May 22, 2013
By Michael Soltys
Buenos Aires Herald Senior Editor
Those endless red tides of mass mourning for late Venezuelan President Hugo Chávez should be seen as a measure of his success to the point of immortality but also a supreme confession of failure. If the Chávez crusade against poverty had been genuinely successful (as in Brazil where a number superior to the entire Venezuelan population has been lifted out of poverty in the past decade) instead of politically exploiting social needs to displace all institutions with his personal rule, his country would not be so adrift today with millions crying for themselves as much as for him — for their own vulnerability and potential exclusion. To the dead man’s credit, he did recognize and tackle social injustice far more effectively than any of his predecessors (with more institutional scruples and trusting in oil trickledown), reducing those below the poverty line from almost half the population to 28 percent in little over a decade — even if his use of petrodollar billions to that end might not resist too much cost-benefit analysis or graft probes. Yet he aided the masses in such a way that instead of empowering them to build their own future in a climate of political as well as social equality, he leaves them more helpless than ever with his death. If we may repeat yesterday’s reference to Abraham Lincoln, the latter died with the Civil War irreversibly won while the loss of Chávez leaves everything in the air.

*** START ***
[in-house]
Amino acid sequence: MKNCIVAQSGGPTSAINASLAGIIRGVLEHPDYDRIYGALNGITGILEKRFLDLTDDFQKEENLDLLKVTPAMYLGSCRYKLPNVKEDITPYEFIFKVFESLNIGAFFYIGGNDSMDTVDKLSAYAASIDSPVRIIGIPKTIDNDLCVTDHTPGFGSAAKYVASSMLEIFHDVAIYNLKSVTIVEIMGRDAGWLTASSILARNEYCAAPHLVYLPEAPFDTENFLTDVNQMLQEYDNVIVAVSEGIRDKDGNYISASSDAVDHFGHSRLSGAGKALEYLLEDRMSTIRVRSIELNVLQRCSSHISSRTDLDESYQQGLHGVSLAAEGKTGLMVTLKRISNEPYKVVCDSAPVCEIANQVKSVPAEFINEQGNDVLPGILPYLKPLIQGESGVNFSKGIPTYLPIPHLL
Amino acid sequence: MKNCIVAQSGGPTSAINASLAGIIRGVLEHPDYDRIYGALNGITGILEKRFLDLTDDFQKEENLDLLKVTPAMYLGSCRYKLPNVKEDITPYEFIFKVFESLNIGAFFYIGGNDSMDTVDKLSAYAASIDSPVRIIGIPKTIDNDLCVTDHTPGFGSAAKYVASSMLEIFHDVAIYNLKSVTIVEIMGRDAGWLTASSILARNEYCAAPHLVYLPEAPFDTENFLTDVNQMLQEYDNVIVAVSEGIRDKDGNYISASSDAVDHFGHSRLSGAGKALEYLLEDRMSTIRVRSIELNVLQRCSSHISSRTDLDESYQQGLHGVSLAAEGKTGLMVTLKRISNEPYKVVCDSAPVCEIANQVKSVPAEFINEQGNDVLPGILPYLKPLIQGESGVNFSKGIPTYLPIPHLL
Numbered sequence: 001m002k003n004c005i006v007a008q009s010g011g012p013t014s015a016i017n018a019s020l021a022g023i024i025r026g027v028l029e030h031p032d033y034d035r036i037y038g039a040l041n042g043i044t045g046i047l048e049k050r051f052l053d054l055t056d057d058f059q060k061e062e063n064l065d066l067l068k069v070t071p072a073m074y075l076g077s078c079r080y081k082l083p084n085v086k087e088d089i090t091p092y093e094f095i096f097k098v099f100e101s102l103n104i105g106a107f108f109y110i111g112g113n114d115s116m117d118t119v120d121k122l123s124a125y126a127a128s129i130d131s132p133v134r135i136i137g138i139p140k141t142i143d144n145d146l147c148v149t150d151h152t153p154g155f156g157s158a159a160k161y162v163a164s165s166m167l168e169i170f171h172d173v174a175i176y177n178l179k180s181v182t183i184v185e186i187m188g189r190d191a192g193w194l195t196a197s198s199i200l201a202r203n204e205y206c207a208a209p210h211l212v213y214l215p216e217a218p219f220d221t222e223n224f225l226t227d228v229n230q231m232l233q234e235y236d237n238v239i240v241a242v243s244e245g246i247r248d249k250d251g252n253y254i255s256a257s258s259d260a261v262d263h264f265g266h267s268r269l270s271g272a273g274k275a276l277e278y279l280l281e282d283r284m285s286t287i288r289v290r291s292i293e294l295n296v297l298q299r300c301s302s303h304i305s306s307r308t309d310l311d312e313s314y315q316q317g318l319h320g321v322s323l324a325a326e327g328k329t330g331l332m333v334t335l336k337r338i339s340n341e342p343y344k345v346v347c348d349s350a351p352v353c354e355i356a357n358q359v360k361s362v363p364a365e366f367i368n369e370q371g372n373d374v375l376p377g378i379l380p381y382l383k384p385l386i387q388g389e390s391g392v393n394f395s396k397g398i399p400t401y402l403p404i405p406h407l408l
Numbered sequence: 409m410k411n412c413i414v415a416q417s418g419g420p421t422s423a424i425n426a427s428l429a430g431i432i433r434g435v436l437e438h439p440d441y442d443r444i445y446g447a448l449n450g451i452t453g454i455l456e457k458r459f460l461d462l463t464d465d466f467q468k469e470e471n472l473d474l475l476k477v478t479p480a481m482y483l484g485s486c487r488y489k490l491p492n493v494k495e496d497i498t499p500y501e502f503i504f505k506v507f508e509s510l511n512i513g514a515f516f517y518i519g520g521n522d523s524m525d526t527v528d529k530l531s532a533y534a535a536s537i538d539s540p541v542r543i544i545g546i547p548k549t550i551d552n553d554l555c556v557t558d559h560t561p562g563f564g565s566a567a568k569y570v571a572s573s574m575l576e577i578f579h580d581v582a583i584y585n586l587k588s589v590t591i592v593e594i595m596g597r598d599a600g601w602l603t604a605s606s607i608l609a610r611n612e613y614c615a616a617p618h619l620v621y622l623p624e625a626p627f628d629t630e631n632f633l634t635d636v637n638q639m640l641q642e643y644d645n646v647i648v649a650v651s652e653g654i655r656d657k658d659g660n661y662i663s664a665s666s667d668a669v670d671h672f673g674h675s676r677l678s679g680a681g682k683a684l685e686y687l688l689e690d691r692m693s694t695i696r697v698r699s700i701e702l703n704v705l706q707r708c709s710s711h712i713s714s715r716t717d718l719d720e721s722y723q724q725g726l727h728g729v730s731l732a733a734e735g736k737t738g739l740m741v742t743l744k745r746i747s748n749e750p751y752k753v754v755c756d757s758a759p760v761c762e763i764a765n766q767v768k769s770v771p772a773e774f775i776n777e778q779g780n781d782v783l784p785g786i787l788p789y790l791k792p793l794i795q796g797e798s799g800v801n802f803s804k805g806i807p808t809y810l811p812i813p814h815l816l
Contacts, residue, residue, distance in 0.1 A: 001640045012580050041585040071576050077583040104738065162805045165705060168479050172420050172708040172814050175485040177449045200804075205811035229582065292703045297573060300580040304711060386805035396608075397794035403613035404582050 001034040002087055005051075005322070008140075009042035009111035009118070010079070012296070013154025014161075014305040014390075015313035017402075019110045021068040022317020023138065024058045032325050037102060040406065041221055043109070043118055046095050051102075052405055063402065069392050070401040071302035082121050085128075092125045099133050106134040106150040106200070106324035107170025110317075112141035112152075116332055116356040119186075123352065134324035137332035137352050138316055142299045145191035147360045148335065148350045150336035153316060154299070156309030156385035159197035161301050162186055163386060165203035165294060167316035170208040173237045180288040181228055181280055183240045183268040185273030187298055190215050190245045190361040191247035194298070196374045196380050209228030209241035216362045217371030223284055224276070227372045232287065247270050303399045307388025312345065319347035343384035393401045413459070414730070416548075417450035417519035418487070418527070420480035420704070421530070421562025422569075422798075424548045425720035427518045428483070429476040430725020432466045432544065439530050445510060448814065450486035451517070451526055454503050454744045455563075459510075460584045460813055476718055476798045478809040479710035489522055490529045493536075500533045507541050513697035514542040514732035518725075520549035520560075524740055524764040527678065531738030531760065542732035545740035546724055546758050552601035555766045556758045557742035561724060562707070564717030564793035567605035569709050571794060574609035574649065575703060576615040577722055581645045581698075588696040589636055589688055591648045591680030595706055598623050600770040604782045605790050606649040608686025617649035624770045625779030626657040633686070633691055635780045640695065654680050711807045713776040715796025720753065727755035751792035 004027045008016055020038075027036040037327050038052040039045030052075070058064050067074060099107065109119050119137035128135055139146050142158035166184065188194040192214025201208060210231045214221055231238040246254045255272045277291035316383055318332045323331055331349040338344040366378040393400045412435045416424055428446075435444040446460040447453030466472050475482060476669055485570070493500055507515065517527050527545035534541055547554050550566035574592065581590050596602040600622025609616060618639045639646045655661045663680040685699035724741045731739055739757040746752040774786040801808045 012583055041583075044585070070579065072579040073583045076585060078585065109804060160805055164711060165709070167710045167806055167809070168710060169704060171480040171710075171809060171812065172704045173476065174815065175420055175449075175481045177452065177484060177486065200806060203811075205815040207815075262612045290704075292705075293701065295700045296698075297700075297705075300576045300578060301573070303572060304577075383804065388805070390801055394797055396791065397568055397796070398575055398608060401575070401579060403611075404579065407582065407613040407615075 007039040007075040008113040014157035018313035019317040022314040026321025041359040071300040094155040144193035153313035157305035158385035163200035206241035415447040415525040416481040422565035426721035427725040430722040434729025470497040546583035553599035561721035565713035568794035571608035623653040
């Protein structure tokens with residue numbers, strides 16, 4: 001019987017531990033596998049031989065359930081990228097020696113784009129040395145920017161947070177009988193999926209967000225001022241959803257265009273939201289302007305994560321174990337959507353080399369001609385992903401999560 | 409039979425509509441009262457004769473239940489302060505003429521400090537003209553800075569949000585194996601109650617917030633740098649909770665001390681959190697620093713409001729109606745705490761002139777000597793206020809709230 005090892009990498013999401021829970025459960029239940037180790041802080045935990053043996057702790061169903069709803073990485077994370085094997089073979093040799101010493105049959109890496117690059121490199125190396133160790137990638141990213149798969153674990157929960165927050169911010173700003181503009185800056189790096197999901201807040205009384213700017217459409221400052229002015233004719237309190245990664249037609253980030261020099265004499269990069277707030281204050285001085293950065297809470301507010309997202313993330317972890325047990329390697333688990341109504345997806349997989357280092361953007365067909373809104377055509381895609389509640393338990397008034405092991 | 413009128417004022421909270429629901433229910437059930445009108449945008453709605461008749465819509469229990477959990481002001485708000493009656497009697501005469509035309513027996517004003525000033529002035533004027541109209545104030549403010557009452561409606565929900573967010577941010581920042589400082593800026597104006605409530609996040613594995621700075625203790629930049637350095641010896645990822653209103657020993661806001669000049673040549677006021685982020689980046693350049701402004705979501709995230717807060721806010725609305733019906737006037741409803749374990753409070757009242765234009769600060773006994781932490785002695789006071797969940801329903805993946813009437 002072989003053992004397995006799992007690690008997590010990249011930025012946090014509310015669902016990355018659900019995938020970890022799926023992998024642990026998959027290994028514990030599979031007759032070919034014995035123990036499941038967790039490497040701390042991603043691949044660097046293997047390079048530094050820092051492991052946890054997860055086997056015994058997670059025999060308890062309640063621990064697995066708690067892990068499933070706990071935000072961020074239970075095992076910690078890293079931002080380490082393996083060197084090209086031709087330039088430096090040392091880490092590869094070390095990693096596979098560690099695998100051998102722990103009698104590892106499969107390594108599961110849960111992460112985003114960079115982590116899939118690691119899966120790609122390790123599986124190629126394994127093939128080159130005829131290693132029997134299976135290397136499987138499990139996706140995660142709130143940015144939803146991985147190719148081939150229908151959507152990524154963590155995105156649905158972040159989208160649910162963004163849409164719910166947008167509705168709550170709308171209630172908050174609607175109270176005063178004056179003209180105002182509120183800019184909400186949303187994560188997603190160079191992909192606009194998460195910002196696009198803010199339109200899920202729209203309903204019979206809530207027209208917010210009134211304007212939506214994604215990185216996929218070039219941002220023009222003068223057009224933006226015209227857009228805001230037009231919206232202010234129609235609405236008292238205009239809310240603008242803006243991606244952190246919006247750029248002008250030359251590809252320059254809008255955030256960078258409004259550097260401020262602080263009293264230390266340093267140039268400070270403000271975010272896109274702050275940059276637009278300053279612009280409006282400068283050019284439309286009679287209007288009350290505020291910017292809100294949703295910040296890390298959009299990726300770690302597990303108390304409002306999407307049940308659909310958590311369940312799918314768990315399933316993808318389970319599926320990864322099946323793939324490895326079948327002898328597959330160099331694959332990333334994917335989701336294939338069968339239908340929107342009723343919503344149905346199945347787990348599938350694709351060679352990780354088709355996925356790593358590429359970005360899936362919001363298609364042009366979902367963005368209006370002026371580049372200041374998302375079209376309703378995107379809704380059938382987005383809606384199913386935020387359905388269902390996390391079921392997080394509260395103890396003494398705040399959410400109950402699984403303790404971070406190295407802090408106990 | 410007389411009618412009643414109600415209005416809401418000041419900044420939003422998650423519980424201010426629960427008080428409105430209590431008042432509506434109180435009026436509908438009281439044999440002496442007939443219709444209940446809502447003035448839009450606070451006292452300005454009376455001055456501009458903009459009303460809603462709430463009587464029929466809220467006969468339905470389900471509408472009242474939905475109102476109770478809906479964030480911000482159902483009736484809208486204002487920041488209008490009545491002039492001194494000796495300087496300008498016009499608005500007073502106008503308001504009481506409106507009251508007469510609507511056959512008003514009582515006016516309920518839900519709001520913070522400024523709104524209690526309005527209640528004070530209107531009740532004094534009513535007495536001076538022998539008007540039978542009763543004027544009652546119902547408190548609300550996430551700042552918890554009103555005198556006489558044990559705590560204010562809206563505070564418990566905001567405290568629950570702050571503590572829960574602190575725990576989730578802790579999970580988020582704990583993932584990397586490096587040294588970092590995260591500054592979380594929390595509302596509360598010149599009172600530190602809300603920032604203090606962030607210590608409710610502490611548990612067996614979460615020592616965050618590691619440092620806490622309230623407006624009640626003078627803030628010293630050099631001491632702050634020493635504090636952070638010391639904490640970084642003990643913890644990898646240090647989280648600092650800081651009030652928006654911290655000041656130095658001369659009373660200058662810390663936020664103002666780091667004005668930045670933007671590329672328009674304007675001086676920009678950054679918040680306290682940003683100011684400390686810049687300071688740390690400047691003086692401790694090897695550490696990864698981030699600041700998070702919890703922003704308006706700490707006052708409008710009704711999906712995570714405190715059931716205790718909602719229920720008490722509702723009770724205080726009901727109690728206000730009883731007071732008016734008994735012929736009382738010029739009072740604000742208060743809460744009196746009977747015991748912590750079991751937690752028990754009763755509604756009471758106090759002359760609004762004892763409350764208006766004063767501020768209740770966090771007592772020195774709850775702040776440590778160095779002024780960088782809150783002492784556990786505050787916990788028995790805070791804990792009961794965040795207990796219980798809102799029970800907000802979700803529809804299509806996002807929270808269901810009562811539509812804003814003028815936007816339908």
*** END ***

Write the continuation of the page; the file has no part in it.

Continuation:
The death of Chávez might be ill-timed for his country but it was good timing for his myth. His oil-fuelled populism was not sustainable in the long term — not only did Chávez increase his country’s dependence on world crude prices (petroleum rose from 69 percent of all exports in 1998 to 96 percent) but between giving fuel virtually free to Cuba and other allies (and also now China who have paid in advance with massive credit packages), most export revenues are coming from the arch-enemy, the United States. Such economic mismanagement might not disconcert Chávez admirers who never claimed entrepreneurial genius for their hero but there was at least one flaw in his social engineering which is insufficiently raised by friend and foe alike — crime with nearly 21,700 murders last year, a higher rate than Mexico with its all-out drug gang warfare (Venezuela has a third of Mexico’s violent deaths with only a quarter of its population) despite armed forces of some 134,000 troops, perhaps a bigger problem for Venezuela’s future rulers than for its criminal classes.
In any future dramatization of the Chávez myth, the words “Don’t cry for me, Venezuela” would not come amiss — his bereaved people have enough reason to cry for themselves.